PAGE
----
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Subnautica review

One of the most famous and interesting survival games of the late 2010s, Subnautica is a story of an emergency landing a spaceship on an unknown planet. It’s mostly covered with water, and the ocean is full of familiar and unknown dangers. You’ll have to survive in this hostile environment and make it a place for living.

In 2018 Subnautica is the thing again, due to the release of a standalone addon-sequel Subnautica: Below Zero. Though the new game is meant to surpass the original in all possible ways, the game of 2014 is still great. And if you want to try the sequel, you better start with the origin.

Features and Functions

First-person survival invites you to explore this world through the eye of the survivor. There’s no land above this endless ocean, so the only way in is down. Explore the bottom of the sea, encounter strange objects, get ready for any of it turning out dangerous.

The variety of extraterrestrial underwater life is stunning. Along with predators and poisonous things you’ll see the beauty you don’t expect to see in such a dangerous place. You’ll also see edible species and underwater cave you can live in.

Like in all survival games, Subnautica is much about crafting. The ocean is rich in materials, so, like an underwater Robinson Crusoe, you’ll have to make your world out of pieces around you. You’ll need a diving suit, some equipment to produce oxygen and fresh water, and finally weapons and equipment to explore more of this strange sea. Luckily, you have a crafting device, building tools, aquariums for alien lifeforms, and a survival guide in the memory of your PDA.

The survival is hard in Subnautica, but it’s a worthy adventure. Taking the story off the Earth, the developers let their fantasy unleash, so there’s literally anything to expect. First-person experience is the most immersive solution for this game.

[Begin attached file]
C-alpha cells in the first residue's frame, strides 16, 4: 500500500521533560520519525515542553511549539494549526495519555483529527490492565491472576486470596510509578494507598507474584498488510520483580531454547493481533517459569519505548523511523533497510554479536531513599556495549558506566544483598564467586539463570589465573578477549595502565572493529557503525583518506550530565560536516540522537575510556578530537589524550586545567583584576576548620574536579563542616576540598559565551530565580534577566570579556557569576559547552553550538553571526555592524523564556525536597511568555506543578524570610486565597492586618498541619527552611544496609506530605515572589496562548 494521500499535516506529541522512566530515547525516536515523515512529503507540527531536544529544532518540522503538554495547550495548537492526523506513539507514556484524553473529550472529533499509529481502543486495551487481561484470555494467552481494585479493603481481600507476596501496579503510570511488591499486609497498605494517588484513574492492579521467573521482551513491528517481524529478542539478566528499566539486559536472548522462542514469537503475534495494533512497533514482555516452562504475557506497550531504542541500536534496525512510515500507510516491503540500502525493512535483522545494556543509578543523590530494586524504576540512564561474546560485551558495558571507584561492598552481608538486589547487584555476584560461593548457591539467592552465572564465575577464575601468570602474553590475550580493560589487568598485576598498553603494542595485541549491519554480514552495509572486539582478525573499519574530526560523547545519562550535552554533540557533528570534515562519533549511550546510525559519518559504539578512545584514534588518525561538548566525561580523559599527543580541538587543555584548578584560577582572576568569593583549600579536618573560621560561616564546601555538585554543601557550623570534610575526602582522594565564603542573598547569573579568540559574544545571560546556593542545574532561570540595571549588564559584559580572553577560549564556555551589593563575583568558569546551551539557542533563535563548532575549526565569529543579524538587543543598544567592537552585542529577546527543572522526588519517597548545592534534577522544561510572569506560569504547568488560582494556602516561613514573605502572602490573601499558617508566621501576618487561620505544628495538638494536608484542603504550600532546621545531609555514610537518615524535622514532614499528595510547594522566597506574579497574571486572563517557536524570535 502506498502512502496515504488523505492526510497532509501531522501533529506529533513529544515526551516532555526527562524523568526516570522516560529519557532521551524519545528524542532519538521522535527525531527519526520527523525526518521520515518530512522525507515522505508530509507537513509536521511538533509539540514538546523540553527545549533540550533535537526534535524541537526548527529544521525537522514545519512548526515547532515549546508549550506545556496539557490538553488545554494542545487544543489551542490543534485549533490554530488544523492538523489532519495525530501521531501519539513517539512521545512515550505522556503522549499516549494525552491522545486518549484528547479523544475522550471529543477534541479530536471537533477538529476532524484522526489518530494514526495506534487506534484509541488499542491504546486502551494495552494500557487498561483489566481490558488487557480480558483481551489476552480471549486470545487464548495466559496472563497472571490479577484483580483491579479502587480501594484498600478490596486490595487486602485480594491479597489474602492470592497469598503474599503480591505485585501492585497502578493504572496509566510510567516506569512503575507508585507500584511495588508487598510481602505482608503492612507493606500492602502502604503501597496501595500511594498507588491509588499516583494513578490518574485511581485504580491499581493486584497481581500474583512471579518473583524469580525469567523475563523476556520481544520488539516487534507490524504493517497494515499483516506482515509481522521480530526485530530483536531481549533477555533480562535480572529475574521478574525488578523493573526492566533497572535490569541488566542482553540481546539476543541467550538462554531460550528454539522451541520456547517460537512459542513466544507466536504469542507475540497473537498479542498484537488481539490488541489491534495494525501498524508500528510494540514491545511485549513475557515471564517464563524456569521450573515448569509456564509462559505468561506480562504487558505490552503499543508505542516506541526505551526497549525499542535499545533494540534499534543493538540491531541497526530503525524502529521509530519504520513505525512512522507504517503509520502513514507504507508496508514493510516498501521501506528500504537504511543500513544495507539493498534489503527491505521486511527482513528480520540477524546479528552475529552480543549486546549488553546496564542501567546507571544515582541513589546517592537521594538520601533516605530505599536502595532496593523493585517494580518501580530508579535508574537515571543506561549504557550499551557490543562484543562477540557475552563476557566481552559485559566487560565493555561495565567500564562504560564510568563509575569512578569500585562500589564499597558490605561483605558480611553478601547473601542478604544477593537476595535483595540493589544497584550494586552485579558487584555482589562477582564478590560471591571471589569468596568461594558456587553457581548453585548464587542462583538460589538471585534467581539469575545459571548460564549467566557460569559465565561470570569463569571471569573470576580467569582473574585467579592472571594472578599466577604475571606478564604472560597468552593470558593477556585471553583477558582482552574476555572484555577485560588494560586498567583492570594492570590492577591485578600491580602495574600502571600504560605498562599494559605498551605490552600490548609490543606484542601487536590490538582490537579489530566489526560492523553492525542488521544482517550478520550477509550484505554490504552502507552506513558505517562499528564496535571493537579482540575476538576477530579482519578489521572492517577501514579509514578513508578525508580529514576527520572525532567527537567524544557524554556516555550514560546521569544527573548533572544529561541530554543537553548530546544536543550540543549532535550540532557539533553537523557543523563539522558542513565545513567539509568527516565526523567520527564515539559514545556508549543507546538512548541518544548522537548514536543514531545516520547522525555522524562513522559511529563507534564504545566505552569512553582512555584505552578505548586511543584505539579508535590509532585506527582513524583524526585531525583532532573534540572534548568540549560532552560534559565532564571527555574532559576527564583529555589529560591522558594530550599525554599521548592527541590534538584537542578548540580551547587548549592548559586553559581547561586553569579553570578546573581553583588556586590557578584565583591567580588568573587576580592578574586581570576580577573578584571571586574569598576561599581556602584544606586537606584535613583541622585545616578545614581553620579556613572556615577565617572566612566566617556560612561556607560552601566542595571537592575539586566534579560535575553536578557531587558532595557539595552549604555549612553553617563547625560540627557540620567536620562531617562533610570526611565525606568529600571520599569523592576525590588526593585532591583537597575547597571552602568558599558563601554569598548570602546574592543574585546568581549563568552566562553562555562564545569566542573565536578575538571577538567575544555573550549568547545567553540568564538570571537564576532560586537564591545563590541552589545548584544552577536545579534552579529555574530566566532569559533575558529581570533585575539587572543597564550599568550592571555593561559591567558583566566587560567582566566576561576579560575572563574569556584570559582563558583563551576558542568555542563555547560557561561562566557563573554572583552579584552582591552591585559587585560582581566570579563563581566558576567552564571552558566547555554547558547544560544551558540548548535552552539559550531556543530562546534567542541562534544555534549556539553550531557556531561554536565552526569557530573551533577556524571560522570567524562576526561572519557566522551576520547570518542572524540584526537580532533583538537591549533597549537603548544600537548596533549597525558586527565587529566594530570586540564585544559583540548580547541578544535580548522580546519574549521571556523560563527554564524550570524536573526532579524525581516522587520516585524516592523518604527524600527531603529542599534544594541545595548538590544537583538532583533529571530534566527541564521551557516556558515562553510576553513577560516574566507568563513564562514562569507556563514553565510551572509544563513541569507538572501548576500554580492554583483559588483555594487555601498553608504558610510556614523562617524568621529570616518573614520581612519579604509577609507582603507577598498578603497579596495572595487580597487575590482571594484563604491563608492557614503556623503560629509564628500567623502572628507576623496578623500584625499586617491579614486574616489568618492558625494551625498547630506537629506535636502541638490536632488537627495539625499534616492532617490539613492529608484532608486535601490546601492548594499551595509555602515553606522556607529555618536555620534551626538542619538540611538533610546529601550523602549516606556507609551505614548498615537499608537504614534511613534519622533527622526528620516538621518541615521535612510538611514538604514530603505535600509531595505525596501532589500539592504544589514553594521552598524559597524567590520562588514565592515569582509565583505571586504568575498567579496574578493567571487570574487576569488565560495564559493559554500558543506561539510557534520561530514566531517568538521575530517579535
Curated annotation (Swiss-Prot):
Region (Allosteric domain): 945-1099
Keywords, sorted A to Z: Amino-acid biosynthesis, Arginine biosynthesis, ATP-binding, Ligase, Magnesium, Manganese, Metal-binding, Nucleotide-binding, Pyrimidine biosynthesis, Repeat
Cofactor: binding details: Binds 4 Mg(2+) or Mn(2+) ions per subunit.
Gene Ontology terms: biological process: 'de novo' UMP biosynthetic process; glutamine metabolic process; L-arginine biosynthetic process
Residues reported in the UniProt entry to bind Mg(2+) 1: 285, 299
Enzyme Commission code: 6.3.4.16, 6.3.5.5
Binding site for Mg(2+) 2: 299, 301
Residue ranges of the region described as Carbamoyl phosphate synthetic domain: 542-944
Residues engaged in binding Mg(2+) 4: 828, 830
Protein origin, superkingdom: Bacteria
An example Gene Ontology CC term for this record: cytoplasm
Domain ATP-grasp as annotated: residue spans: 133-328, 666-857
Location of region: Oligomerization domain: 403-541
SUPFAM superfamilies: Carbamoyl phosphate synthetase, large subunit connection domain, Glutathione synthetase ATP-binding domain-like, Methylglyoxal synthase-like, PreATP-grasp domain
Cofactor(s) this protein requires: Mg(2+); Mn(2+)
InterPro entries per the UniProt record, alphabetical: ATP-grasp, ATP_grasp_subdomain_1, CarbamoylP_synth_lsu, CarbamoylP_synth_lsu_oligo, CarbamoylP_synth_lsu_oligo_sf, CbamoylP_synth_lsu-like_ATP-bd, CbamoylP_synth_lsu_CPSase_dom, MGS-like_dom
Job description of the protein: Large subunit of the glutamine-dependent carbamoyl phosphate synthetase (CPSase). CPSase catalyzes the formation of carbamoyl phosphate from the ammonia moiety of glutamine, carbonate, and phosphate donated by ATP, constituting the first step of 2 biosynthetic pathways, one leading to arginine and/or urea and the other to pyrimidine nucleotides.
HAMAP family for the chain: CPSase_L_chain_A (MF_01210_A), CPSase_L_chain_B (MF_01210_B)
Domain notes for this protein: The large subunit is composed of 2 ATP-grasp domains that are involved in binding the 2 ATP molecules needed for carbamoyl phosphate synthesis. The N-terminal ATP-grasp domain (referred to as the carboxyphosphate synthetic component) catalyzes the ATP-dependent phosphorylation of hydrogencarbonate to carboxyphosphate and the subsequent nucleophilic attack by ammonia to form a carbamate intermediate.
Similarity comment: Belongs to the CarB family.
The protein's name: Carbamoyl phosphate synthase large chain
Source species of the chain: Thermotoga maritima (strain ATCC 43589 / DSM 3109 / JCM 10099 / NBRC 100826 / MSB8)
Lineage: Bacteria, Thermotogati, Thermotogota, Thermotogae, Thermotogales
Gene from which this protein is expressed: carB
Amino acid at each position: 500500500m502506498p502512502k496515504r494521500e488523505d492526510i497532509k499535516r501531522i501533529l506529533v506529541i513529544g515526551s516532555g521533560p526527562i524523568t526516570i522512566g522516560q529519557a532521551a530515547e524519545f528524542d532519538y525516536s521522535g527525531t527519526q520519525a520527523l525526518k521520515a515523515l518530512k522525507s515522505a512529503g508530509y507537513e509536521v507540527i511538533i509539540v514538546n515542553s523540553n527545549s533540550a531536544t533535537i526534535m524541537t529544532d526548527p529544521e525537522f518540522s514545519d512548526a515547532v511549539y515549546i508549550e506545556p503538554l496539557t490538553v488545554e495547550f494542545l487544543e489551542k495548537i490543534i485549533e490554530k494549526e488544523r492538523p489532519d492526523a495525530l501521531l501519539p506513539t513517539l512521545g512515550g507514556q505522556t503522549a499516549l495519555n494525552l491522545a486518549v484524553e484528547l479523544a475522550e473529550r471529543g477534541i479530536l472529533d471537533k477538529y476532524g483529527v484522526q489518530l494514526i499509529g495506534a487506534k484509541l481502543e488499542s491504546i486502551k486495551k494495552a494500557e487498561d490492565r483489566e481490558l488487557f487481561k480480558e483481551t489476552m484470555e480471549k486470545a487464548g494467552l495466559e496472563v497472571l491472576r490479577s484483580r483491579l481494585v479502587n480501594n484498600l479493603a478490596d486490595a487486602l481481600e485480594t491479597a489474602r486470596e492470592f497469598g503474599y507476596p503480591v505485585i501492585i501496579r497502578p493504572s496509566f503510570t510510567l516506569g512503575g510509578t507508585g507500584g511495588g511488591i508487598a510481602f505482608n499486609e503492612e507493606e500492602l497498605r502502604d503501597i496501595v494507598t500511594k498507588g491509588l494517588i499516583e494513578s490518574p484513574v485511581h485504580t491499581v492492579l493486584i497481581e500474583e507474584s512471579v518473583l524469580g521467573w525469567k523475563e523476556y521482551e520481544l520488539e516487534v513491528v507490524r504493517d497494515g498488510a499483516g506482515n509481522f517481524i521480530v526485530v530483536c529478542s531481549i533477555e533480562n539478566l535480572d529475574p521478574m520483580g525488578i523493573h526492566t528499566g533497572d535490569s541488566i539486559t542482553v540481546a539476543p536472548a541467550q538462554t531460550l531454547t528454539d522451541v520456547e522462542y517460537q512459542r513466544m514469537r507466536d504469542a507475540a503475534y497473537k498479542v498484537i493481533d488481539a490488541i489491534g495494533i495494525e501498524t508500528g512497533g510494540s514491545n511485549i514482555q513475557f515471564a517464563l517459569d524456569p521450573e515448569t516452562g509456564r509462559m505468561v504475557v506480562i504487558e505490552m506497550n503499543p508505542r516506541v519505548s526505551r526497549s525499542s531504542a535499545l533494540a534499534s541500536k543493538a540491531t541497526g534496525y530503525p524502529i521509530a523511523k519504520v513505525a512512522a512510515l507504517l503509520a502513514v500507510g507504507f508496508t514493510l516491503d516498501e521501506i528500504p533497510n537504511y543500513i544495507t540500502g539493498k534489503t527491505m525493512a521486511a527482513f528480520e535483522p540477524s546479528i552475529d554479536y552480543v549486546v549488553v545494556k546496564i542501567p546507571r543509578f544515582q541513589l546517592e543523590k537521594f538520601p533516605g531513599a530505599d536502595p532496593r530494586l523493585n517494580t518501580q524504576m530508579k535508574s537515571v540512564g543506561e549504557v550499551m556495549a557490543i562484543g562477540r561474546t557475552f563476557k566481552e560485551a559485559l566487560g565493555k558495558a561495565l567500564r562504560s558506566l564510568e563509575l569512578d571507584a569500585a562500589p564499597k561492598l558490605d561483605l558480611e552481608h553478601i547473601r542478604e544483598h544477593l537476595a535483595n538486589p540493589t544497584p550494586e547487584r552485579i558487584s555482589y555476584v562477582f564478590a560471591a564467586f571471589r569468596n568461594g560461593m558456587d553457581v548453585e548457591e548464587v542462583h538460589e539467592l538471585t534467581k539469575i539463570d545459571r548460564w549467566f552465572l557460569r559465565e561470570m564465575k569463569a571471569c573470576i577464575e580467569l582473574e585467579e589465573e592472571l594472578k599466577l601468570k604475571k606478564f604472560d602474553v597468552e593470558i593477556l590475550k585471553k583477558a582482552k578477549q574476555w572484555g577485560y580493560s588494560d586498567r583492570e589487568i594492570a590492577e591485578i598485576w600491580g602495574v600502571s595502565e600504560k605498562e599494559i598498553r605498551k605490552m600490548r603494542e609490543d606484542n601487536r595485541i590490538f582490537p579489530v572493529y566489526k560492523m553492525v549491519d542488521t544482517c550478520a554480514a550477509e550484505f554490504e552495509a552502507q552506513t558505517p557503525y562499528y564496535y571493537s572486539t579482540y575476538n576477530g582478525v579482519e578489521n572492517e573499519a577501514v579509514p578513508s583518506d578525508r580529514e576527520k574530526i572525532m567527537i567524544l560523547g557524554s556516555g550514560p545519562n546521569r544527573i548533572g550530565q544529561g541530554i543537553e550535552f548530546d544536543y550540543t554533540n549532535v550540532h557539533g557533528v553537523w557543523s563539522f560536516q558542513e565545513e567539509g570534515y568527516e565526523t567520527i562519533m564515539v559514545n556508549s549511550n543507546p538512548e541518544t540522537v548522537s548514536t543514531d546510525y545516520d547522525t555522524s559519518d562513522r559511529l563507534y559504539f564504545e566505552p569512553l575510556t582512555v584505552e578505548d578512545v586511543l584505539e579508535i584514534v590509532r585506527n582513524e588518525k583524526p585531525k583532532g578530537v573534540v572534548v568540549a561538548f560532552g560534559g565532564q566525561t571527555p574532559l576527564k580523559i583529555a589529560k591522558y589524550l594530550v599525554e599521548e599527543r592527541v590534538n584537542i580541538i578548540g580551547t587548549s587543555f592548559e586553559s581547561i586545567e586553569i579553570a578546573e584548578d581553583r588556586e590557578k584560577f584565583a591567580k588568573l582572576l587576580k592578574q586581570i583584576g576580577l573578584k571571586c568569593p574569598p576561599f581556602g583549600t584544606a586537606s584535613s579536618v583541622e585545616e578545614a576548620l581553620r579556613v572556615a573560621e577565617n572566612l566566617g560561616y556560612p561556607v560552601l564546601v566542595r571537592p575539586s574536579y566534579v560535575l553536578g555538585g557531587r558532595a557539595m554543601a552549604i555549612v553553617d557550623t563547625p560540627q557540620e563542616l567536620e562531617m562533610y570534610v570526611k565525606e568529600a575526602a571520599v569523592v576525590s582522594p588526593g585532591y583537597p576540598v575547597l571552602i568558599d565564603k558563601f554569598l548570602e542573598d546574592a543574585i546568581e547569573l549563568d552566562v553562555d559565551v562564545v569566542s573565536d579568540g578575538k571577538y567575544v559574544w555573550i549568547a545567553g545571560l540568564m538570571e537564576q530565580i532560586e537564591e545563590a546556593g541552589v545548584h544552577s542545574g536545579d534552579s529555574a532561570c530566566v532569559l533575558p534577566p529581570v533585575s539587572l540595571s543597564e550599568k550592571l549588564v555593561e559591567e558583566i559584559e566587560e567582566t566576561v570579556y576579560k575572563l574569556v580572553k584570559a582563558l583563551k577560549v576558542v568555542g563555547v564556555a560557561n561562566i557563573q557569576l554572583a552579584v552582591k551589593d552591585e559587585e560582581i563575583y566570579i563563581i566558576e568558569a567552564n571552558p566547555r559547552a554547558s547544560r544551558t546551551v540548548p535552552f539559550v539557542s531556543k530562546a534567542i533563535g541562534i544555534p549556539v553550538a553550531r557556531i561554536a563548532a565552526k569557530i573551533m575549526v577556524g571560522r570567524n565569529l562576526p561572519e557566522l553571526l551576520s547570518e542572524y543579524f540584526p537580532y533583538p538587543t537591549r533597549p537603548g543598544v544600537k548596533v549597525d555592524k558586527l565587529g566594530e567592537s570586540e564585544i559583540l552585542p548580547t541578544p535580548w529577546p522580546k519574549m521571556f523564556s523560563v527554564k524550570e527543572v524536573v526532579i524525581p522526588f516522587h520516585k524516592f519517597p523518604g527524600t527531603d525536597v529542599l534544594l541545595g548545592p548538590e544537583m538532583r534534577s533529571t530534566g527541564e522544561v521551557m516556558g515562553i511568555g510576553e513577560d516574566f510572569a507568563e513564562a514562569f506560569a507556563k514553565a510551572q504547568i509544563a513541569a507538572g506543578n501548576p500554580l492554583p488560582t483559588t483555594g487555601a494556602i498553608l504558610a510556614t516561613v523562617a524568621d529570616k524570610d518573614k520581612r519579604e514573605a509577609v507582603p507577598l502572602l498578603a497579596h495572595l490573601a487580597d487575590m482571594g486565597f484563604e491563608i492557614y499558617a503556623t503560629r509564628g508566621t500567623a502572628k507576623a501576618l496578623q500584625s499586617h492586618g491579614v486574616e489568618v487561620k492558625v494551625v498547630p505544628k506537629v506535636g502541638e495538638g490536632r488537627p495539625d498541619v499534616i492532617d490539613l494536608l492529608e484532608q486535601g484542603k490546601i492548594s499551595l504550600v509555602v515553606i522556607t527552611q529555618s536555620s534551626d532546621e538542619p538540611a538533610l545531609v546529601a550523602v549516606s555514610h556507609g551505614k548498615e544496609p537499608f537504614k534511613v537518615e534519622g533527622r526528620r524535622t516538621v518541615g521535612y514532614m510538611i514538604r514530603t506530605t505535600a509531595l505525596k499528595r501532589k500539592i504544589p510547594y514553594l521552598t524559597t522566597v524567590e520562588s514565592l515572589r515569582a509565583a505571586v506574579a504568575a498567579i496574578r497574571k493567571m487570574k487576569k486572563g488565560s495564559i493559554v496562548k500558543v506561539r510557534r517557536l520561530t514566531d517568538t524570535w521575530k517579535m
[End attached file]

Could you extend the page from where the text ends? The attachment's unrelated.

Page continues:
Though the size of the game is rather moderate for 2018, it looks great. Water is recreated very carefully, both on the surface and in the deep. The underwater world features various biomes, so the game has a lot to surprise you. And if your PC isn’t very ancient, it will run Subnautica smoothly.

The game utilizes traditional mouse-and-keyboard controls, not very hard to learn. Left mouse button, for example, is used for interaction with objects, the right button is for applying items. Moving mouse changes the camera position. The WASD block moves your character as it does in other games, and so on.


Despite its unearthly beauty, the game doesn’t require much space or performance. Even an average laptop of 2015, with a built-in video core and 8 GB RAM, is enough to run it. It’s common for the games four or five years old: they don’t demand too much, but they’re still enjoyable.

Subnautica is a classical survival adventure, the type of game you know even before playing because this type of adventure is embedded into mass culture since Daniel Defoe. This time you have something even better than reading a book or watching a movie: you’re a space Robinson Crusoe yourself.





Author: Unknown Worlds Entertainment

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